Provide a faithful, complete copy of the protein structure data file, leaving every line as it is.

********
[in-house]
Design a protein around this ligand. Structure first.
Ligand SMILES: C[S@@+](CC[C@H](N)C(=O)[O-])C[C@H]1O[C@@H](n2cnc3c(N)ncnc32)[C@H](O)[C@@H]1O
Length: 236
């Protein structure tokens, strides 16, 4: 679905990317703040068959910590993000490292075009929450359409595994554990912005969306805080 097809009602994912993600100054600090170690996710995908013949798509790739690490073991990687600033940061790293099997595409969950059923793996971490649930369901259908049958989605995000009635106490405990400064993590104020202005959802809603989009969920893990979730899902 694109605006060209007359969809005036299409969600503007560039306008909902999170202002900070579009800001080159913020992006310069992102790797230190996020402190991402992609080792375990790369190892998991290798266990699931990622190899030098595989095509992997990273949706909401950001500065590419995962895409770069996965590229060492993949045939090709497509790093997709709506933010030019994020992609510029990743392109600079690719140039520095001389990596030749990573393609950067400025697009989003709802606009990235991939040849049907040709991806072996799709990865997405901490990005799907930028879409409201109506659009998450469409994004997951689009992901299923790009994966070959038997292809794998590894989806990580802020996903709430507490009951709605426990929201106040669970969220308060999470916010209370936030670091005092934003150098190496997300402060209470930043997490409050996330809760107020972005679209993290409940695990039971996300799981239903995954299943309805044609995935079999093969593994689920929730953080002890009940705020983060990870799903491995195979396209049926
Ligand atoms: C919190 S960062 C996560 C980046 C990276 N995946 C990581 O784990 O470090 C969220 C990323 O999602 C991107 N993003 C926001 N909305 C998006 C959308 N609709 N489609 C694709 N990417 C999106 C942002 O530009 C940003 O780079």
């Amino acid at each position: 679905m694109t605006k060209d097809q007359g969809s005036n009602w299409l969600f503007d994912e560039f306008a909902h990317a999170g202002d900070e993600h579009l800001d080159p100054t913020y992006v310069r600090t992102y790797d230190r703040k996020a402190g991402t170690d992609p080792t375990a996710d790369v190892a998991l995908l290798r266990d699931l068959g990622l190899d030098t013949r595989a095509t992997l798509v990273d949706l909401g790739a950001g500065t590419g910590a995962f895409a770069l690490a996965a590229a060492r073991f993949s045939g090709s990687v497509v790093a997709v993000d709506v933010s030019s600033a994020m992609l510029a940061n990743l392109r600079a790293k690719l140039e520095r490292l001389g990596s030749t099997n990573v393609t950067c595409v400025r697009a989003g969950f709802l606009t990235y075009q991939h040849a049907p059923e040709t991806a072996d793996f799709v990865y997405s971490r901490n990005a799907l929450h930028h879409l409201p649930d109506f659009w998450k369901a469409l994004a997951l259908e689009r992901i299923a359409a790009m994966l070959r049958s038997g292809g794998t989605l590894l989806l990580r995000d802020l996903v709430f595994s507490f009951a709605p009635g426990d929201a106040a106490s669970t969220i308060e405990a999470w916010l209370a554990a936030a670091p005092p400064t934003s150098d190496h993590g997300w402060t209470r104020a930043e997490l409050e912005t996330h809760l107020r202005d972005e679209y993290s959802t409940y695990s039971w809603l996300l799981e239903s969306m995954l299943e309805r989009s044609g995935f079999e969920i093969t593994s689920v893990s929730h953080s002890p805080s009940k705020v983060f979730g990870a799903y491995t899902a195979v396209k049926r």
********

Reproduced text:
[in-house]
Design a protein around this ligand. Structure first.
Ligand SMILES: C[S@@+](CC[C@H](N)C(=O)[O-])C[C@H]1O[C@@H](n2cnc3c(N)ncnc32)[C@H](O)[C@@H]1O
Length: 236
């Protein structure tokens, strides 16, 4: 679905990317703040068959910590993000490292075009929450359409595994554990912005969306805080 097809009602994912993600100054600090170690996710995908013949798509790739690490073991990687600033940061790293099997595409969950059923793996971490649930369901259908049958989605995000009635106490405990400064993590104020202005959802809603989009969920893990979730899902 694109605006060209007359969809005036299409969600503007560039306008909902999170202002900070579009800001080159913020992006310069992102790797230190996020402190991402992609080792375990790369190892998991290798266990699931990622190899030098595989095509992997990273949706909401950001500065590419995962895409770069996965590229060492993949045939090709497509790093997709709506933010030019994020992609510029990743392109600079690719140039520095001389990596030749990573393609950067400025697009989003709802606009990235991939040849049907040709991806072996799709990865997405901490990005799907930028879409409201109506659009998450469409994004997951689009992901299923790009994966070959038997292809794998590894989806990580802020996903709430507490009951709605426990929201106040669970969220308060999470916010209370936030670091005092934003150098190496997300402060209470930043997490409050996330809760107020972005679209993290409940695990039971996300799981239903995954299943309805044609995935079999093969593994689920929730953080002890009940705020983060990870799903491995195979396209049926
Ligand atoms: C919190 S960062 C996560 C980046 C990276 N995946 C990581 O784990 O470090 C969220 C990323 O999602 C991107 N993003 C926001 N909305 C998006 C959308 N609709 N489609 C694709 N990417 C999106 C942002 O530009 C940003 O780079």
């Amino acid at each position: 679905m694109t605006k060209d097809q007359g969809s005036n009602w299409l969600f503007d994912e560039f306008a909902h990317a999170g202002d900070e993600h579009l800001d080159p100054t913020y992006v310069r600090t992102y790797d230190r703040k996020a402190g991402t170690d992609p080792t375990a996710d790369v190892a998991l995908l290798r266990d699931l068959g990622l190899d030098t013949r595989a095509t992997l798509v990273d949706l909401g790739a950001g500065t590419g910590a995962f895409a770069l690490a996965a590229a060492r073991f993949s045939g090709s990687v497509v790093a997709v993000d709506v933010s030019s600033a994020m992609l510029a940061n990743l392109r600079a790293k690719l140039e520095r490292l001389g990596s030749t099997n990573v393609t950067c595409v400025r697009a989003g969950f709802l606009t990235y075009q991939h040849a049907p059923e040709t991806a072996d793996f799709v990865y997405s971490r901490n990005a799907l929450h930028h879409l409201p649930d109506f659009w998450k369901a469409l994004a997951l259908e689009r992901i299923a359409a790009m994966l070959r049958s038997g292809g794998t989605l590894l989806l990580r995000d802020l996903v709430f595994s507490f009951a709605p009635g426990d929201a106040a106490s669970t969220i308060e405990a999470w916010l209370a554990a936030a670091p005092p400064t934003s150098d190496h993590g997300w402060t209470r104020a930043e997490l409050e912005t996330h809760l107020r202005d972005e679209y993290s959802t409940y695990s039971w809603l996300l799981e239903s969306m995954l299943e309805r989009s044609g995935f079999e969920i093969t593994s689920v893990s929730h953080s002890p805080s009940k705020v983060f979730g990870a799903y491995t899902a195979v396209k049926r």